July 4th 1863--Was ever the Nation's Birthday celebrated in such a way before? This morning the 2nd R.I. was sent out to the front and found that during the night General Lee and his Rebel Army had fallen back. It was impossible to march across the field without stepping upon dead or wounded men, while horses and broken Artillery lay on every side. We advanced to a sunken road [Emmitsburg Road] where we deployed as skirmishers and lay down behind a bank of earth. Berdan's Sharpshooters joined us, and we passed the day in firing upon any Rebels that showed themselves.

July 5th 1863--Glorious news! We have won the victory, thank God, and the Rebel Army is fleeing to Virginia. We have the news that Vicksburg has fallen. We have thousands of prisoners, and they seem to be stupefied by the news. This morning our Corps (the 6th) started in pursuit of Lee's Army. We have had rain and the roads are bad, so we move slow. Every house we see is a hospital, and the road is covered with arms and equipment thrown away by the Rebels.

July 9th 1863--Again I thank God that the Army of the Potomac has at last gained a victory. I wonder what the South thinks of us Yankees now. I think Gettysburg will cure the Rebels of any desire to invade the north again.

Excerpted from Robert Hunt Rhodes, ed., All for the Union: The Civil War Diary and Letters of Elisha Hunt Rhodes (New York: Orion Books, 1991), 114-117. Copyright 1991 Robert Hunt Rhodes.

Part B
In 1861 Georgian Edward Porter Alexander was an officer in the U.S. Army stationed in Washington Territory. He commanded the 1st Corps, C.S.A. Reserve Artillery at Gettysburg, and later in his career took command of the entire First Corps' artillery. He was responsible for mounting the large bombardment preceding Longstreet's assault on July 3. Alexander rose to the rank of Brigadier General in the Confederate army and survived the war. He later wrote:

Of course as soon as the news of the secession of Georgia reached us at Fort Steilacoom, some three or four weeks after the event, I knew that I would finally have to resign from the U.S. Army. But I did not believe war inevitable & I felt sure I could get a place not inferior in a Southern army, & I really never realized the gravity of the situation. As soon as the right to secede was denied by the North I strongly approved of its assertion & maintenance by force if necessary. And being young & ambitious in my profession I was anxious to take my part in everything going on. As it soon became clear that our detachment would be ordered to return to the East...I waited for the orders to come & to get back to the East before resigning.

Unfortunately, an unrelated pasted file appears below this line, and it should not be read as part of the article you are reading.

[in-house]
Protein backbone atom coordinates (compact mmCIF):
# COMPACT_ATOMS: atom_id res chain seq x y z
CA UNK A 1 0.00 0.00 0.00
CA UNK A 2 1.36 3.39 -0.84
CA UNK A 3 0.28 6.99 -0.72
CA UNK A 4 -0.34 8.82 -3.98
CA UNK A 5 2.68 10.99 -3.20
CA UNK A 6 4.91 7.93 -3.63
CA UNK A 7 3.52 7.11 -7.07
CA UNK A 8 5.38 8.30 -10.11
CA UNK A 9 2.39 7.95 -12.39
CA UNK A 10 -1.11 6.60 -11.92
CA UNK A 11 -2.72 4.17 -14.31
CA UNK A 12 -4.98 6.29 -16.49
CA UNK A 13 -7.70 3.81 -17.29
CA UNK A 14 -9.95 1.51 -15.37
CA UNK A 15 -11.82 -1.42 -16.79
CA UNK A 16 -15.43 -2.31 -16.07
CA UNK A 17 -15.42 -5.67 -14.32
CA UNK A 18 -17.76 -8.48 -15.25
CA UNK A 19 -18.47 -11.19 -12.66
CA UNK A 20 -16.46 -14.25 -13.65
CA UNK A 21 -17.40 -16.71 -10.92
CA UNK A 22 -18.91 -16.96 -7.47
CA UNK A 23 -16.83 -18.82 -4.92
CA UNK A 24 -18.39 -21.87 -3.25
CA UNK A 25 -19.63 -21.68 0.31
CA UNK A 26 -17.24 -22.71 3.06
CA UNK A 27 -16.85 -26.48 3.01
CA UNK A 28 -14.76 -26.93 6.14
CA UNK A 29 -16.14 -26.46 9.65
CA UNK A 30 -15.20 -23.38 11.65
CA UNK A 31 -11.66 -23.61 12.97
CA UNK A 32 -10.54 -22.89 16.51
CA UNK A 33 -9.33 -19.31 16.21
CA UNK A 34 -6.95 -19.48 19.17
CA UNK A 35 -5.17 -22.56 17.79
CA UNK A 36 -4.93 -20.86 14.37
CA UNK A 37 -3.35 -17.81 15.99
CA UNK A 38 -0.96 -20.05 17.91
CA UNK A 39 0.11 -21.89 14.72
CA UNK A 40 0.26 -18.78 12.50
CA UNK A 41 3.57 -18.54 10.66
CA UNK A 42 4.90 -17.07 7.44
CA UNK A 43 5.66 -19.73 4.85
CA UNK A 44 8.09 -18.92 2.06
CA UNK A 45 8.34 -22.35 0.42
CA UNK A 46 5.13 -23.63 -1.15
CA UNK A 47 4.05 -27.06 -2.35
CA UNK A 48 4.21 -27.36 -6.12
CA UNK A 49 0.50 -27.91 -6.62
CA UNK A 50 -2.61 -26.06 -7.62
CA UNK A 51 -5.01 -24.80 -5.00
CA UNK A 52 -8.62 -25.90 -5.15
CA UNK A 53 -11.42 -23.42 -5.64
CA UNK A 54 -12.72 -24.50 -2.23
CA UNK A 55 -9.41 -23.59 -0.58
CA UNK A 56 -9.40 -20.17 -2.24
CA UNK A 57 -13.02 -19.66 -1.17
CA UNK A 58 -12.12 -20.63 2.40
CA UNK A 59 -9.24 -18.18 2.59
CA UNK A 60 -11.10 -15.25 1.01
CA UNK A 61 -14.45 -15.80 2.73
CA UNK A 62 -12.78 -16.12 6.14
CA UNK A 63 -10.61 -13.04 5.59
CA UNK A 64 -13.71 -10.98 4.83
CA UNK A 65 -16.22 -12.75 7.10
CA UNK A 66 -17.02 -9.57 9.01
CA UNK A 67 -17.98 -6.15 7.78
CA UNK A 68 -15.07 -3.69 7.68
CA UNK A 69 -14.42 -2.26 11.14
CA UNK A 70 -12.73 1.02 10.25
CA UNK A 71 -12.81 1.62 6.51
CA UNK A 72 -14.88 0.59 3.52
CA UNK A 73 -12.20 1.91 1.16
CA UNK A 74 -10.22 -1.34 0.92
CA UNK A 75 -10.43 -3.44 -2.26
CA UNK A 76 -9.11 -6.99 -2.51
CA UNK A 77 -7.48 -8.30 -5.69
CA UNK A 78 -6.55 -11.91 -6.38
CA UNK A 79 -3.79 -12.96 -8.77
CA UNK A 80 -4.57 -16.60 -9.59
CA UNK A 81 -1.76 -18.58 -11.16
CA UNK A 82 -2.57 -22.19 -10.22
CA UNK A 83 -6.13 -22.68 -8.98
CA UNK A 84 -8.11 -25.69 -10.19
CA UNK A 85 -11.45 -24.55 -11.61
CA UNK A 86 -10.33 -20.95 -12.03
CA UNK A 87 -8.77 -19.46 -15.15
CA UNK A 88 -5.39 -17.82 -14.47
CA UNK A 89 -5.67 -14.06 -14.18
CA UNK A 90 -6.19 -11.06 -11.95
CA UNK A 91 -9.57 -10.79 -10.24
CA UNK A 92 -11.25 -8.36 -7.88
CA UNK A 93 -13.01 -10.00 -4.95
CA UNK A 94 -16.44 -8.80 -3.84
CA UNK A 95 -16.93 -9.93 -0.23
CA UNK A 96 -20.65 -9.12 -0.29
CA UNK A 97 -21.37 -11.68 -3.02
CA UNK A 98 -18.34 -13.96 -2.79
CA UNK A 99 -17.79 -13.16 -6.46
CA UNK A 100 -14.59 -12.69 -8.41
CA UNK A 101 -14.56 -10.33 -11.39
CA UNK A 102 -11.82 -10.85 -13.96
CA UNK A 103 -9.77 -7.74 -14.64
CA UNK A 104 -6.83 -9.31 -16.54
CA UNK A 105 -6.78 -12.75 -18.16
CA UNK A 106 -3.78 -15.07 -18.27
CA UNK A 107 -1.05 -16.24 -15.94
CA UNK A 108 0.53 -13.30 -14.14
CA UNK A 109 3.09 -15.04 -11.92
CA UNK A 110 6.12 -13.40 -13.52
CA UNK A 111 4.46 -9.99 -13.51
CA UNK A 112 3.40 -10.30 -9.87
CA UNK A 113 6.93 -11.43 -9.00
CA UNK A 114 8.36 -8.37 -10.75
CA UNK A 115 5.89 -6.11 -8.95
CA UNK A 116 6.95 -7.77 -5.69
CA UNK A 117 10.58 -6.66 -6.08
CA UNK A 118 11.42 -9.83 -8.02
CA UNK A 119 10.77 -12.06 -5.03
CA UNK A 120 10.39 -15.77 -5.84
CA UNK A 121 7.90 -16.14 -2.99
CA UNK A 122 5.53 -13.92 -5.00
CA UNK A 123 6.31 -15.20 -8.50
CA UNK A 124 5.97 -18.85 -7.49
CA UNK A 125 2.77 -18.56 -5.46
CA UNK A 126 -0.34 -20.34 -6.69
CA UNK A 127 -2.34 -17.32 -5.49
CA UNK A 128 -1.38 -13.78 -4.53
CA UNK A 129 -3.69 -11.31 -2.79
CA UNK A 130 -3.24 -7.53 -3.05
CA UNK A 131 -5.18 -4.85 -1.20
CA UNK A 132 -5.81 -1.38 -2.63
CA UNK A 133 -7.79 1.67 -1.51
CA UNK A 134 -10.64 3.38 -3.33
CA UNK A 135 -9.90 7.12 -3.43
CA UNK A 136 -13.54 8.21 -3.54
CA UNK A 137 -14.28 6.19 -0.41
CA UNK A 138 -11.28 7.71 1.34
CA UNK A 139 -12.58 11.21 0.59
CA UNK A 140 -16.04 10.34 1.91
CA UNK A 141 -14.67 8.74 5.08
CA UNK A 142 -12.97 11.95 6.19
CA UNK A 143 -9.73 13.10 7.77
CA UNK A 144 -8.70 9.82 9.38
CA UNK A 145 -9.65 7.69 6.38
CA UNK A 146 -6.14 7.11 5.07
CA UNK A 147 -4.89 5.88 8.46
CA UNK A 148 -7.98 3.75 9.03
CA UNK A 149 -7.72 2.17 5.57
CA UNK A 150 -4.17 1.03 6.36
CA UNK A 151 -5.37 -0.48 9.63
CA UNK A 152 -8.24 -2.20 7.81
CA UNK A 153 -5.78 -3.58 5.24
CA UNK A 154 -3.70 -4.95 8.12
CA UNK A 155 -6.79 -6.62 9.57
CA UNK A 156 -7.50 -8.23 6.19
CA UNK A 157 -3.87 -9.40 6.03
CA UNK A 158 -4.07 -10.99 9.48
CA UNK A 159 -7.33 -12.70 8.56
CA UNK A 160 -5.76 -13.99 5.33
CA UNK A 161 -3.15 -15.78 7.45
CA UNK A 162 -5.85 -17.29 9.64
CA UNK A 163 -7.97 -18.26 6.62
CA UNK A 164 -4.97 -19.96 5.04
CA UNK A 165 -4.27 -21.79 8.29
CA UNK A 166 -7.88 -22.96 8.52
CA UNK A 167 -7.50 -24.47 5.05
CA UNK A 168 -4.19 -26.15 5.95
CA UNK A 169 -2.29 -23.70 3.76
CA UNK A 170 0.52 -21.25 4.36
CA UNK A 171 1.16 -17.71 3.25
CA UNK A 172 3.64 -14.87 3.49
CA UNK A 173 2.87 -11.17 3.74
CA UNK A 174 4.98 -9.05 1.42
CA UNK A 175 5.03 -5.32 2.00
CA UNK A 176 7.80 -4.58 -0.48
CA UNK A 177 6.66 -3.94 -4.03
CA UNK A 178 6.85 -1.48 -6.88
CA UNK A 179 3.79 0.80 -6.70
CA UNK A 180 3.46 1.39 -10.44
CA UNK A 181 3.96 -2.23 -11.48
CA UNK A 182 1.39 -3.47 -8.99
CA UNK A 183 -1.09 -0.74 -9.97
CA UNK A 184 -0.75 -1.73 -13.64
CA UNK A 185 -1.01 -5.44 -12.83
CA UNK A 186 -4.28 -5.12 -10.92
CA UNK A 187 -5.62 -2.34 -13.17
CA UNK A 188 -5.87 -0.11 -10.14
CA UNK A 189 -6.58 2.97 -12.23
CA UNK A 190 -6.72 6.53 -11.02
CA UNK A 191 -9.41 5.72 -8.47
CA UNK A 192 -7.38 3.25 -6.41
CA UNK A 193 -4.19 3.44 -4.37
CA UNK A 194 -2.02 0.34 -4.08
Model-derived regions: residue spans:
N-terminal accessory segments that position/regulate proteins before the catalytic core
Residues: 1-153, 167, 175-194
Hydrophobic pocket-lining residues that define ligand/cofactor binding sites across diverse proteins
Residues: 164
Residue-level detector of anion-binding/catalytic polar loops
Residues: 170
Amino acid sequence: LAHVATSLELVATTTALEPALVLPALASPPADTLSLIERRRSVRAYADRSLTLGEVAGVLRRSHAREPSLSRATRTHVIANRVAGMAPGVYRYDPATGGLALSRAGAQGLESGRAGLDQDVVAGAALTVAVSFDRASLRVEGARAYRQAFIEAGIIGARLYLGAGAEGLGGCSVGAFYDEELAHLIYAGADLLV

I did not feel any doubt about what I had to do under the circumstances. Georgia had seceded. All the seceded states had united & organized a Confederacy, & the Confederacy was raising an army. The only place for me was in that army. So in the course of a day or two I had a talk with [his Commanding Officer] McPherson, telling him that I felt bound to resign & go home, & asking that he would receive & forward my resignation & give me leave of absence that I might sail on same steamer taking it & not be required to wait in California to receive its acceptance, which would detain me about two months.

McPherson's reply was remarkable....He said: ' Aleck if you must go I will do all I can to facilitate your going. But don't go. These orders, sent by Pony Express to stop you here, are meant to say to you that if you wish to keep out of the war which is coming you can do so. You will not be required to go into the field against your own people, but will be kept out on this coast on fortification duty. Gen. Totten likes you & wants to keep you in the corps & that is what this order means'....His earnest talk impressed me deeply & made me realize that a crisis in my life was at hand....I could only answer this: ' Mac, My people are going to war, & war for their liberty. If I don't come & bear my part they will believe me a coward--and I will feel that I am occupying the position of one. I must go and stand my chances.' ...I told McPherson we were going to fight for our ' liberty.' That was the view the whole South took of it. It was not for slavery but the sovereignty of the states, which is practically the right to resume self government or to secede.

Reprinted from Fighting for the Confederacy: The Personal Recollections of General Edward Porter Alexander. Edited by Gary W. Gallagher. Copyright 1989 by the University of North Carolina Press. Used by permission of the publisher.

Part C
Andrew Baker was a soldier in the 22nd North Carolina Infantry, C.S.A., Pettigrew's brigade. He participated in the brutal fighting that opened the battle on July 1 and in the culmination on July 3. He wrote about his experience on the final day of fighting for the magazine of a Confederate veterans' organization. The Capt. W. T. Magruder to whom he referred was a graduate of the U.S. Military Academy at West Point and fought for the Union as a captain in the 1st U.S. Cavalry until October 1, 1862. Magruder then joined the Confederate army, became a captain in the 26th North Carolina Infantry, and died at Gettysburg at the hands of his former comrades. Baker wrote about that action: